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A Primer on Nonmarket Valuation

Table of Contents

Preface

Authors

Data for Ch. 5
(contingent valuation)

Data for Ch. 6
(attribute-based stated preference methods)

Data for Ch. 7
(paired comparisons)

Data for Ch. 9
(travel cost models)

Data for Ch. 10
(hedonic method)

Data for Ch. 12
(benefits transfer)

Discussion Papers

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"A Primer on Nonmarket Valuation"

Preface

Public policy should reflect an understanding of the public's values. This is especially true with respect to the environment. Because public values about the environment are not generally expressed in the marketplace, nonmarket valuation has become an important source of information for environmental decisionmaking. While interest has grown in measuring nonmarket values, the technical nature of the nonmarket valuation literature can overwhelm newcomers. This book provides clear descriptions of the most commonly used nonmarket valuation techniques along with the steps for implementation. Individuals working for natural resource agencies, attorneys and consultants involved with natural resource damage assessments, graduate students, and others will appreciate the practical tone of this book.

Our approach for developing this primer was to invite experienced, well-respected experts to write the chapters. The next step was to get the authors together to work toward a well-integrated book. The Rocky Mountain Research Station of the U.S. Forest Service organized two author workshops. At the first meeting each contributor presented an outline of his or her chapter; as a group we critiqued the outlines and worked to define a consistent structure that would be used to write all the chapters. At the second meeting each author presented his or her draft chapter and another author in the group served as a discussant. This process facilitated development of a cohesive text and provided peer review of all the chapters.

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The first section of the book, containing three chapters, provides background for the methodology sections that follow. The opening chapter explains the policy context of nonmarket valuation. The next chapter develops the economic theory that is the basis of nonmarket values. And because value estimates are only as good as the data upon which they are based, the third chapter describes the process of collecting nonmarket valuation data.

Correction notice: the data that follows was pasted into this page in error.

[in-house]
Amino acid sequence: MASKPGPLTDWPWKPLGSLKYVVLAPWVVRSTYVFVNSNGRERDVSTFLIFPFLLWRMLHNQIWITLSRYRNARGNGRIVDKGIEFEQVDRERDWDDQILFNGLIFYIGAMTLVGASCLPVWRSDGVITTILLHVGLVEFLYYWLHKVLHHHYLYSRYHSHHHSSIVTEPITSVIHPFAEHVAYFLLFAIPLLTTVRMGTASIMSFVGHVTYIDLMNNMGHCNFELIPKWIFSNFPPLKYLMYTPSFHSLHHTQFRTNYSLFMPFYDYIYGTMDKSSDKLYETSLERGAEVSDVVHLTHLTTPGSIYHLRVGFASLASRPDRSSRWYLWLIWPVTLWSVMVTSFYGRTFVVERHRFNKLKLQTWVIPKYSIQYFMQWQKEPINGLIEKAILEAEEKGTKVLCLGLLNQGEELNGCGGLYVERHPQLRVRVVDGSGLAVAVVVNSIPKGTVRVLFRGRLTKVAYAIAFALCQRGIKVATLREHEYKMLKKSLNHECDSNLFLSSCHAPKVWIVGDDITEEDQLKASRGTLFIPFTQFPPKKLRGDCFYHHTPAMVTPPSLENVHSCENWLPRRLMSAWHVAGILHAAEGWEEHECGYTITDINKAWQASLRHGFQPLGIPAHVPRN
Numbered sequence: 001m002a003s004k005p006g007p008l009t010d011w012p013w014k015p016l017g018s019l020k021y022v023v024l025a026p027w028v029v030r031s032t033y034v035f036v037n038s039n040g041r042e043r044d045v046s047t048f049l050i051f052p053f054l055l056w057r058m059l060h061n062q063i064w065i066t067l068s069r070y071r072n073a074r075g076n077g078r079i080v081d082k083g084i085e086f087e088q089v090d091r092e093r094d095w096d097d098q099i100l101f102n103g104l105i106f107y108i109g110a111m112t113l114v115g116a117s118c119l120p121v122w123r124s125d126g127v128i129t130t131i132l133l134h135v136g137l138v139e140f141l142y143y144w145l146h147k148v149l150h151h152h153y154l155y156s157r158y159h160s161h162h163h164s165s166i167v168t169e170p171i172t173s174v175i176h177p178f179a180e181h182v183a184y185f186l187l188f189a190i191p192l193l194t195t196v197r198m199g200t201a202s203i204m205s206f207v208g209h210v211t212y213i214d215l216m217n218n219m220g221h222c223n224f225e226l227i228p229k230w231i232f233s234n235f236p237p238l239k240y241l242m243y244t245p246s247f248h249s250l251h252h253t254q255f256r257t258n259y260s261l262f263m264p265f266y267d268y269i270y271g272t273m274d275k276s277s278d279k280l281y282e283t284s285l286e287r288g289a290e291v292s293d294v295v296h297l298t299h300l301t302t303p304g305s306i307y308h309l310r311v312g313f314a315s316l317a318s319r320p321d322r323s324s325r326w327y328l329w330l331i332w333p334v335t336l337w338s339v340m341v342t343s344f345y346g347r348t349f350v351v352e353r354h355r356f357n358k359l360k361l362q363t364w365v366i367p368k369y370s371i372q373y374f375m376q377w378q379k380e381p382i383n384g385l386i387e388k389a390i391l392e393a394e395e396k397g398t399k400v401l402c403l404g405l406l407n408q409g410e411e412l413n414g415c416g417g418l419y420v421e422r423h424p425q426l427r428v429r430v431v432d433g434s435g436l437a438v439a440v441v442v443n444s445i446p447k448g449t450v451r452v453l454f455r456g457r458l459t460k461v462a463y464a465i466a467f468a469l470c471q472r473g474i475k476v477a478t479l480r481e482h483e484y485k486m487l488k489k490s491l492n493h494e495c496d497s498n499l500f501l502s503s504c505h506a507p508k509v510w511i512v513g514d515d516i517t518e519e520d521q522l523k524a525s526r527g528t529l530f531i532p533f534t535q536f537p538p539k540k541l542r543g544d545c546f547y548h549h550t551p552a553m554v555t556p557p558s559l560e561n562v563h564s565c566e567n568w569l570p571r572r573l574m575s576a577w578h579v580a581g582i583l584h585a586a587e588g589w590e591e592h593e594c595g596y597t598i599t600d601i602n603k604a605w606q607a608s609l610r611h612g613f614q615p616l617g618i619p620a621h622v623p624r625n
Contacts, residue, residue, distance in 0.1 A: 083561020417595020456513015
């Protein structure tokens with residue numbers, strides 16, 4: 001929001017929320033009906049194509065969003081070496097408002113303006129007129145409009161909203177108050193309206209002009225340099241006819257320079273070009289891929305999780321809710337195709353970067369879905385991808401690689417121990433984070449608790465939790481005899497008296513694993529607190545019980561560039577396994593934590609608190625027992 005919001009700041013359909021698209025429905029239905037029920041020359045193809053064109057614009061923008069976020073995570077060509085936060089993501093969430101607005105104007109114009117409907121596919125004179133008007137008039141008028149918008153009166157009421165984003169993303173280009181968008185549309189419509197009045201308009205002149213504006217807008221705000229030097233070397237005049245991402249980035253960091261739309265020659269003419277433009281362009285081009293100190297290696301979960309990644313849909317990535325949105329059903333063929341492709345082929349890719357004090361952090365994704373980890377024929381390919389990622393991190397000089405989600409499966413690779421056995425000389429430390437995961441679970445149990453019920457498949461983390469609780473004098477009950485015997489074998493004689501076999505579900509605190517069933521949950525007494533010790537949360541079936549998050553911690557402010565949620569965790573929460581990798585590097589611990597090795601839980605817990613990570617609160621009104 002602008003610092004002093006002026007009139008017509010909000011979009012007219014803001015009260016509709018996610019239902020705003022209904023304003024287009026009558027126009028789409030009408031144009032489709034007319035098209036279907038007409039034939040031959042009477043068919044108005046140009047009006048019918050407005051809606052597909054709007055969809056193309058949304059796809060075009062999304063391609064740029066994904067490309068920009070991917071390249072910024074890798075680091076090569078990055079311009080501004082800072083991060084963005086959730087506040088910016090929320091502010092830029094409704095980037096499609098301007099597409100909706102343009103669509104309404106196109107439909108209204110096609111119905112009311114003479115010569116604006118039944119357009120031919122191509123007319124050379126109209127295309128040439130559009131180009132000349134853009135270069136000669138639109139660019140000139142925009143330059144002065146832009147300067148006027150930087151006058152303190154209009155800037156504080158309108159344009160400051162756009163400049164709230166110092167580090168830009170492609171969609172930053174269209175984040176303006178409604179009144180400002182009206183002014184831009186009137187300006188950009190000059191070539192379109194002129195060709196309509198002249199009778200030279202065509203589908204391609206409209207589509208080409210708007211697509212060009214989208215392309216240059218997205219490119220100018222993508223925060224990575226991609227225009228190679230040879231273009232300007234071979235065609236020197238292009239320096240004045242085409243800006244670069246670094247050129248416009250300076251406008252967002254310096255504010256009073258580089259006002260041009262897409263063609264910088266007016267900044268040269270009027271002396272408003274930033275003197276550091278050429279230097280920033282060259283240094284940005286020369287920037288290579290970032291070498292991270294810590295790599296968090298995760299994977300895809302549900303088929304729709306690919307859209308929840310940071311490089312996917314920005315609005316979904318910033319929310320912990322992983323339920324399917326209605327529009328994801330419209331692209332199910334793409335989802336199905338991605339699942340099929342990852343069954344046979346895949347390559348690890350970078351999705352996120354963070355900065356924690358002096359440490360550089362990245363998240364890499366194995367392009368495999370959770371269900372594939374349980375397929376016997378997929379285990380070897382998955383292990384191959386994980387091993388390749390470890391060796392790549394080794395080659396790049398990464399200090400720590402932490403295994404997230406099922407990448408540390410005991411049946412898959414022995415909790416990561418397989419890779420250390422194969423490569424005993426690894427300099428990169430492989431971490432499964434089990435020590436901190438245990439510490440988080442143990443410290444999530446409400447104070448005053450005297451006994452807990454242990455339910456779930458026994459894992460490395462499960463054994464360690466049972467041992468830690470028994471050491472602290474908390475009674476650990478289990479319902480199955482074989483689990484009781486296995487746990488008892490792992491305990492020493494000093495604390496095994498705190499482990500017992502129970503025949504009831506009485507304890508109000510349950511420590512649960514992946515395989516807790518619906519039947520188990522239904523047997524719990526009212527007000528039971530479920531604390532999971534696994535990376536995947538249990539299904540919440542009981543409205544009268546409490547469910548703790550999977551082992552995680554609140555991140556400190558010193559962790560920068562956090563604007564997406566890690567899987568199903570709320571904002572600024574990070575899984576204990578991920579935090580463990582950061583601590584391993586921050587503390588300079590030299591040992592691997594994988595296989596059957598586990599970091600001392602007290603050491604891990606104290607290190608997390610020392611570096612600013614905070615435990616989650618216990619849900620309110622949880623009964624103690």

The valuation methods are presented in two sections, one section on stated preference methods and the other on revealed preference methods. Following a short introduction chapter, the section on stated preference methods includes three chapters-two covering widely used nonmarket valuation techniques (contingent valuation and attribute-based methods) and the other describing an emerging technique (the method of paired comparisons). The revealed preference section also includes an introduction chapter and three methods chapters. The methods chapters covered - the travel cost method, the hedonic method, and the defensive behavior and damage cost methods - each use "clues" from behaviors observed in markets to estimate nonmarket values. We expect readers will come away from these two sections with a thorough understanding of how to design and implement a nonmarket valuation study. The chapters also describe how to analyze the data and estimate values.

The final section of the book takes stock of the usefulness of nonmarket valuation. The first chapter in this section describes techniques for transferring values from existing studies to new situations. The next chapter discusses interesting situations in which nonmarket values were used to help make important natural resource and environmental decisions. The final chapter provides thoughts on the history, validity, and future of nonmarket valuation.

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As a companion to this book, we developed a website (www.fs.fed.us/nonmarketprimerdata) containing datasets, nonmarket valuation surveys, and links to publications based on the data. This website should aid readers who are curious about the format of nonmarket valuation surveys and the resulting data. The data on the website can be used to replicate statistical models reported in the linked publications.

We wish to express our gratitude for the help and support provided by the following people. This book has benefited greatly from the word processing skills of Kim Junkins. The companion website was designed and put together by Pam Froemke. Alexander Bujak carefully read and provided comments on every chapter for us. Fred Kaiser attended our second workshop and motivated all of us with his agency perspective on why this book is important.

Finally, we dedicate this book to George Peterson. After a distinguished teaching career at Northwestern University, George became a research project leader with the Rocky Mountain Research Station in Fort Collins, Colorado. Professionally, he is known as an award-winning professor, an innovative researcher, and an outstanding project leader. Among those of us fortunate enough to work with George, he is considered a fountain of wisdom and a dear friend.

Patty Champ, Kevin Boyle, and Tom Brown

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